how does it expect others especially foreign entities to accept it’s word? Bugs me
    really that the so-called lawyers are unravelling the operational parts of the
    agreement. Weren’t they consulted at the different stages of the negotiations? Now
    in order to make the Bill acceptable to Congress these brilliant lawyers are in fact
    revising the CAB beyond recognition. Suddenly they are disowning the very bases
    of the agreement patched together after long-drawn talks in Kuala Lumpur.

    • Norodin Lucman on

      This calls for a review of the peace negotiations in general. It should now be scrapped by the Islamic forces because it is contaminated by peace spoilers in the government.

    • Seif el Islam on

      Pacta sunt servanda (Latin for “agreements must be kept”[1]), is a brocard, a basic principle of civil law and of international law.

      In its most common sense, the principle refers to private contracts, stressing that contained clauses are law between the parties, and implies that nonfulfillment of respective obligations is a breach of the pact.

      In civil law jurisdictions this principle is related to the general principle of correct behavior in commercial practice — including the assumption of good faith — is a requirement for the efficacy of the whole system, so the eventual disorder is sometimes punished by the law of some systems even without any direct penalty incurred by any of the parties. However, common law jurisdictions usually do not have the principle of good faith in commercial contracts, therefore it is inappropriate to state that pacta sunt servanda includes the principle of good faith.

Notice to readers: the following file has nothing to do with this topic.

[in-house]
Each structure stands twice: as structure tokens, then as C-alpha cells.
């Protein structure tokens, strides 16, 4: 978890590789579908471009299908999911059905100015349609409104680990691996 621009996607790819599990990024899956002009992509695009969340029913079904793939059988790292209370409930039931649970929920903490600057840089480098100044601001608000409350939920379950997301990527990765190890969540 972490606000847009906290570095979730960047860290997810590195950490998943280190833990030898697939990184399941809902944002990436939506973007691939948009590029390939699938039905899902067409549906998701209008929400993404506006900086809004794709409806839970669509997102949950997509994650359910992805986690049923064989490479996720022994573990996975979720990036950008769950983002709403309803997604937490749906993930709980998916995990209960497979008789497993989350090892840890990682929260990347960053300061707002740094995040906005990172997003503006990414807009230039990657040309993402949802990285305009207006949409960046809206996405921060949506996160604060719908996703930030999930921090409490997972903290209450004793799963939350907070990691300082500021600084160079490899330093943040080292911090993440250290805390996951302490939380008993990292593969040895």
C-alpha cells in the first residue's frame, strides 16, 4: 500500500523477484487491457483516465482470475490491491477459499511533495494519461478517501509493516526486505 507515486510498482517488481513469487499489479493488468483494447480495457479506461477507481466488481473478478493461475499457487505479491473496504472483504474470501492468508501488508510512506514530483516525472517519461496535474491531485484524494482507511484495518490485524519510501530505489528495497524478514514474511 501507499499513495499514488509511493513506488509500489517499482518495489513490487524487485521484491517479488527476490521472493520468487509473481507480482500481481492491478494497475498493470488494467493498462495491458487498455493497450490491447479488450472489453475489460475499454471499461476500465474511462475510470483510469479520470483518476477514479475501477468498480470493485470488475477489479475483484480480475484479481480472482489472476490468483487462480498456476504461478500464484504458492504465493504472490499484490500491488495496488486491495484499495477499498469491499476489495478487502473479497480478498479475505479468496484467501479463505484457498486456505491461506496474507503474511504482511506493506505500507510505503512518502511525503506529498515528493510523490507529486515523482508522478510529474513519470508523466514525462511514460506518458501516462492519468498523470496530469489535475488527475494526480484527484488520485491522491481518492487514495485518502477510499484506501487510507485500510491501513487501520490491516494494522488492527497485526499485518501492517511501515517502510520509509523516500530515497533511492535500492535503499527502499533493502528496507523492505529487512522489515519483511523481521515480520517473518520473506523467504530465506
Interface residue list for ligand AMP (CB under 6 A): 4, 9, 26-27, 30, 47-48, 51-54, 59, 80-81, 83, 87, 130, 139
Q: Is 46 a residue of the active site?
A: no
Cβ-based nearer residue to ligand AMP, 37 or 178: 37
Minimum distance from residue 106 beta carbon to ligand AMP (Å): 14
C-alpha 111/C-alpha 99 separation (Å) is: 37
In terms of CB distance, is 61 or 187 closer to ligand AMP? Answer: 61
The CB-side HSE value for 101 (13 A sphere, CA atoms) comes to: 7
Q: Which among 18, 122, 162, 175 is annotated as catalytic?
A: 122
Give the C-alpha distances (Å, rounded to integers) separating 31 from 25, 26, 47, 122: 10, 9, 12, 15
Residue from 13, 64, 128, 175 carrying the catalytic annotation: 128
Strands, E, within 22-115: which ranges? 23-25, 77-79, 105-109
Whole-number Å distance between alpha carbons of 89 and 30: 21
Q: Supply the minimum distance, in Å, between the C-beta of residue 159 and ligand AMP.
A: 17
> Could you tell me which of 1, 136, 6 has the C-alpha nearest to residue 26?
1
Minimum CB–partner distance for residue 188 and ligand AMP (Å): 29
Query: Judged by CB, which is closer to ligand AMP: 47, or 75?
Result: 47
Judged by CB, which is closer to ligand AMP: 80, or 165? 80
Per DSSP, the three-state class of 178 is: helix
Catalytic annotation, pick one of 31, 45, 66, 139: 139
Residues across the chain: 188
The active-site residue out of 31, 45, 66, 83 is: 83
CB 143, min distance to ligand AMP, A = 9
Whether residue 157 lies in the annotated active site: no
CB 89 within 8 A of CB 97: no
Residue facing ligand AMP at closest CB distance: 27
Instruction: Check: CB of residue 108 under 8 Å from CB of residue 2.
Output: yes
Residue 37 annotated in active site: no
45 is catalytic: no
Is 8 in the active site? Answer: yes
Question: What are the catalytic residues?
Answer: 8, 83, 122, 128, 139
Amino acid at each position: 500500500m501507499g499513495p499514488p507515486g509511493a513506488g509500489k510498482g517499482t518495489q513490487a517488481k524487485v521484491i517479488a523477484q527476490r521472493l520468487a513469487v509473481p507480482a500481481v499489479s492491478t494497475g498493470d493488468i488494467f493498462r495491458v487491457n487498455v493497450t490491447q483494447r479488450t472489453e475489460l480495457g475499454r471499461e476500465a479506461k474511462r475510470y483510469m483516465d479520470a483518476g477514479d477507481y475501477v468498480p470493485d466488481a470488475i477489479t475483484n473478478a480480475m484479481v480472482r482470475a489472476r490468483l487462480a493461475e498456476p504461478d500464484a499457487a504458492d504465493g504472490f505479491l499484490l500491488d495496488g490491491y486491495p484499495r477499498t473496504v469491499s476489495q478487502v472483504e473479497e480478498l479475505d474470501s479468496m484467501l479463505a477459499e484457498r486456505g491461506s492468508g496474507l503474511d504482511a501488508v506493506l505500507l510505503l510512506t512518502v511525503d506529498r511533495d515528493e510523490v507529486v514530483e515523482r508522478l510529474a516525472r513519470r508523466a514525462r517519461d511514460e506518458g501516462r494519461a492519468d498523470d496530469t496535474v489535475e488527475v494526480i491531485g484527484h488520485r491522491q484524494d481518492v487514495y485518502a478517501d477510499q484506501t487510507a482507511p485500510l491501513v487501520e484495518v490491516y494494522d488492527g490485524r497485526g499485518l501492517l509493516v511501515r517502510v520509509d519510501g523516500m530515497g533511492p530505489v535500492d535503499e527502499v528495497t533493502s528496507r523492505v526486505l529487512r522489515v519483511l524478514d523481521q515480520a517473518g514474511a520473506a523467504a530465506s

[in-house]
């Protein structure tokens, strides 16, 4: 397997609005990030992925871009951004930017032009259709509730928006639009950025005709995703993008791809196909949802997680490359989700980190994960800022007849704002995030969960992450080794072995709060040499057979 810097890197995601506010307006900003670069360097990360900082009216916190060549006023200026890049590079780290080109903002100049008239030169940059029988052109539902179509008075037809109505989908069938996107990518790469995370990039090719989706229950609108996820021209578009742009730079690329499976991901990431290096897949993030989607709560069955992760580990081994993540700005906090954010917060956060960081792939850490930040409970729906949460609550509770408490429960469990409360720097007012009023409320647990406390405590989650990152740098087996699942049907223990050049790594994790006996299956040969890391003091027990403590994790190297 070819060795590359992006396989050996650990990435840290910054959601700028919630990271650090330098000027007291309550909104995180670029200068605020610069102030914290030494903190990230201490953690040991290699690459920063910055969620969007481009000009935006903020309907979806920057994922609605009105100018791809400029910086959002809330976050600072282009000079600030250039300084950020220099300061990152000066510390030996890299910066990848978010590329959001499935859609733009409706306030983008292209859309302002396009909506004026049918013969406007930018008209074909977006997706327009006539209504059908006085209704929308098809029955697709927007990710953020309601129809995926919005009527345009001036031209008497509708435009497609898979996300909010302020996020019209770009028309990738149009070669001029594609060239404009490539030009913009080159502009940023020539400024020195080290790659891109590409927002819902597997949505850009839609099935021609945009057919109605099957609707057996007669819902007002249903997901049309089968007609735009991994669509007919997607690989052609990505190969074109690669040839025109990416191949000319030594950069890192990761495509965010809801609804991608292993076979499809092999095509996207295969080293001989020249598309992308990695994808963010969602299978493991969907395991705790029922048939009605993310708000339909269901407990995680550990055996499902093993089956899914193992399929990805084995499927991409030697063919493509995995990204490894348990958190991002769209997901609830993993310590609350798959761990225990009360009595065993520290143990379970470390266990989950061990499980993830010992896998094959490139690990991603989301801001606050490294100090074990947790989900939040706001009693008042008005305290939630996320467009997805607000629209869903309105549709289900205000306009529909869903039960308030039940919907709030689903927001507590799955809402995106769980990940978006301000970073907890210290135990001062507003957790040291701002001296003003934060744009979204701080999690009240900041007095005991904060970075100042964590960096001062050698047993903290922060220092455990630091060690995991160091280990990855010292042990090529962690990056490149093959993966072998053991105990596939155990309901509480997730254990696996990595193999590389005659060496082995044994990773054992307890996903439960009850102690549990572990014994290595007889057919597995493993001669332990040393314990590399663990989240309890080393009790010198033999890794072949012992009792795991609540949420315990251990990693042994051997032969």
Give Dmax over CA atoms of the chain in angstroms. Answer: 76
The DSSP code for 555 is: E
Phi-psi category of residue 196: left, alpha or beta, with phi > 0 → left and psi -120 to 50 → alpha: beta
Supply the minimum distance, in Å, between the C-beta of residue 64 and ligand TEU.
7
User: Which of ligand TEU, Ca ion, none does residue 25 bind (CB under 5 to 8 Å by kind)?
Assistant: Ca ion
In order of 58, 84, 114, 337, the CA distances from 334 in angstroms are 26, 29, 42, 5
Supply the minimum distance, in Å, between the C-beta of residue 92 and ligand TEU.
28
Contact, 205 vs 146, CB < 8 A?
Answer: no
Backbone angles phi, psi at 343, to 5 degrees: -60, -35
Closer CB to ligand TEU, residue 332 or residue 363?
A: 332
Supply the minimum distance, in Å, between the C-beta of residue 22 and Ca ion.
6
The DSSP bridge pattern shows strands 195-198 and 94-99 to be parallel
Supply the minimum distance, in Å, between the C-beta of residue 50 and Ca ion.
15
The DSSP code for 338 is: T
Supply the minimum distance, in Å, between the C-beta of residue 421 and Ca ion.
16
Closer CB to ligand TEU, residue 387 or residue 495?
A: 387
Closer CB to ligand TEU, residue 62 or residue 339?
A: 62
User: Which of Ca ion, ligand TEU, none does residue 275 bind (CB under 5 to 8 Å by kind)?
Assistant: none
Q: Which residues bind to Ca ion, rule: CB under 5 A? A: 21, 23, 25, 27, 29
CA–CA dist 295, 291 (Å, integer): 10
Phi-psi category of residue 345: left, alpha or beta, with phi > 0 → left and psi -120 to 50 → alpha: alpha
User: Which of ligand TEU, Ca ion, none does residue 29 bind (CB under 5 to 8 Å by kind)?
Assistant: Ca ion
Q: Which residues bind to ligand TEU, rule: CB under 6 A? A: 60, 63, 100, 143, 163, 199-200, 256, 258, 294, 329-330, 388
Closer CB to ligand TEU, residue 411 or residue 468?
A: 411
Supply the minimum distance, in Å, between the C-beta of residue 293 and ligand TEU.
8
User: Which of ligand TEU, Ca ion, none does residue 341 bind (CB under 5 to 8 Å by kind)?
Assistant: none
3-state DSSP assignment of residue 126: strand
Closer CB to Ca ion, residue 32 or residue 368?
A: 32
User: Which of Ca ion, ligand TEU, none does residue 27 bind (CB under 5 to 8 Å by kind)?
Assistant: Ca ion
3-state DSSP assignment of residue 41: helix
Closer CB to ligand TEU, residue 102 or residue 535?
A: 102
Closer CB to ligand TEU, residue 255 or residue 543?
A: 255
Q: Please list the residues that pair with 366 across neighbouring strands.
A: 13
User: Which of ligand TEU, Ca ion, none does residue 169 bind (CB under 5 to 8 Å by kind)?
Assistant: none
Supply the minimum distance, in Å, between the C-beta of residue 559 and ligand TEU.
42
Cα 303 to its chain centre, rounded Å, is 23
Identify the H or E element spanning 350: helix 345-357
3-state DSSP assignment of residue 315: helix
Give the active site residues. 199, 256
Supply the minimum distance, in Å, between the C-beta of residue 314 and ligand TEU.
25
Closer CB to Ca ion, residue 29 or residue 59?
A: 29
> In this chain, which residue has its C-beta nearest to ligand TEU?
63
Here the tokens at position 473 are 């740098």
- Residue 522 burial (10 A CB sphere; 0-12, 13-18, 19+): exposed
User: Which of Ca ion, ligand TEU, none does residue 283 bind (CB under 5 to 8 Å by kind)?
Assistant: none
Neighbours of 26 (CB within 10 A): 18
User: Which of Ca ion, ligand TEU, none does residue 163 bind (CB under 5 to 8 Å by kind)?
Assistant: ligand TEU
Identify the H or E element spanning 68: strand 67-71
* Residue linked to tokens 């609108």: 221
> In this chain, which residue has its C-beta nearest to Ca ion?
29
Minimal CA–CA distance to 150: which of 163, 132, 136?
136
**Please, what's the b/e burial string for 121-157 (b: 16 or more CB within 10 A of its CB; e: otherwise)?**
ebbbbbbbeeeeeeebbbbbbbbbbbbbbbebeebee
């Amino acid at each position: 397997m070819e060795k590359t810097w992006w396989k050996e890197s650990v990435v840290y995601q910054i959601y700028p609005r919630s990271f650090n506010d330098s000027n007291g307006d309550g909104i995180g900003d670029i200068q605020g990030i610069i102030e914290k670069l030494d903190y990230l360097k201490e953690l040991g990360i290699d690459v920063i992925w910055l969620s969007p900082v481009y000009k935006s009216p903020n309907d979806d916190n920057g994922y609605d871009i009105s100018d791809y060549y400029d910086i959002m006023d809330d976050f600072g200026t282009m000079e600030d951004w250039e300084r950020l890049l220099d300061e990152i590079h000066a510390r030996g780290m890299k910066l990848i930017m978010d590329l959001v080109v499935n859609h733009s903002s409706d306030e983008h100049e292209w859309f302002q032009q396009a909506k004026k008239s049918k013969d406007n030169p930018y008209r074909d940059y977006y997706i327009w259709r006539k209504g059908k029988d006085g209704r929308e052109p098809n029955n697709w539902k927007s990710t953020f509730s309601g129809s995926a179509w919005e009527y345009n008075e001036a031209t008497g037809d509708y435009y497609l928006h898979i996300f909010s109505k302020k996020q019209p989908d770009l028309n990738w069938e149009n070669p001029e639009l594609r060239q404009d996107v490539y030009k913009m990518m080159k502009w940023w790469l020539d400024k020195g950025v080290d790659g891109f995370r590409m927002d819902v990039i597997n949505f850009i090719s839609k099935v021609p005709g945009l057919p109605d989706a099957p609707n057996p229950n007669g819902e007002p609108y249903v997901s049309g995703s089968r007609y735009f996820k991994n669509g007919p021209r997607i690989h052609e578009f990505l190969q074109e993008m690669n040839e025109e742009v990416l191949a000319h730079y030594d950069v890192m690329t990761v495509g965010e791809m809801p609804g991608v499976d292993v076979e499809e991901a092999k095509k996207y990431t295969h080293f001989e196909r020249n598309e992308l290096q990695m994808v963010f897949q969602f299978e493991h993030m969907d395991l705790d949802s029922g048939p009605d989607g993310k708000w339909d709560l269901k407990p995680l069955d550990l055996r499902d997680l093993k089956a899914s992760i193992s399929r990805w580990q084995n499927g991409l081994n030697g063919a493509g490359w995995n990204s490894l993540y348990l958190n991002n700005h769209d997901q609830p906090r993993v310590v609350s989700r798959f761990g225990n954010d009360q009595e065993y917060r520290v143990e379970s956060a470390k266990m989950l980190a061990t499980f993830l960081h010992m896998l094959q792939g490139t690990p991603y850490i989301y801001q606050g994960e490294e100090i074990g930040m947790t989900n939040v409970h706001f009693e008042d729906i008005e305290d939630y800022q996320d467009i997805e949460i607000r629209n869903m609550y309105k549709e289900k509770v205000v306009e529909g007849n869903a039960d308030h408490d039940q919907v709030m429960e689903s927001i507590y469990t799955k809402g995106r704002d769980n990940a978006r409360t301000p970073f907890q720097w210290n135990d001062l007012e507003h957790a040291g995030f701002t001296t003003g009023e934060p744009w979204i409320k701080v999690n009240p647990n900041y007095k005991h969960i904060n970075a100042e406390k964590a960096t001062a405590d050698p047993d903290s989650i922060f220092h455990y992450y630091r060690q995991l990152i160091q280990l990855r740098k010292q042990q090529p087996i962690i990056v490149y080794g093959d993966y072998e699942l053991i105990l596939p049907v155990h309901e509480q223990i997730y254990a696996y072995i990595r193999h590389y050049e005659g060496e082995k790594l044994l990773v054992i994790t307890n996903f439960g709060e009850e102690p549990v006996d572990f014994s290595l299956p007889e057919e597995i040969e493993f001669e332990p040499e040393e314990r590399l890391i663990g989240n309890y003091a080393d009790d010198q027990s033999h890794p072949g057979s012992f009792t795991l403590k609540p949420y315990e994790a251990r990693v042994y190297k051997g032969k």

With reference to international agreements, “every treaty in force is binding upon the parties to it and must be performed by them in good faith.”[2] Pacta sunt servanda is related to good faith, while pacta sunt servanda does not equate with good faith. This entitles states to require that obligations be respected and to rely upon the obligations being respected. This good faith basis of treaties implies that a party to the treaty cannot invoke provisions of its municipal (domestic) law as justification for a failure to perform. However, with regards to the Vienna Convention and the UNIDROIT Principles it should be kept in mind that these are heavily influenced by civil law jurisdictions. To derive from these sources that pacta sunt servanda includes the principle of good faith is therefore incorrect.

      The only limit to pacta sunt servanda are the peremptory norms of general international law, called jus cogens (compelling law). The legal principle clausula rebus sic stantibus, part of customary international law, also allows for treaty obligations to be…

  3. Now the nowhere man PNoy administration is making excuses by saying they need time to pass the law on Bangsamoro. This is after they already spent millions of pesos in preparation, propaganda, make-believe success, even rewarding Marvic Leonen a seat in the Supreme Court for “his wonderful job in preparing the proposal.” This government is a looser and all of us, citizens are victims of their incompetence.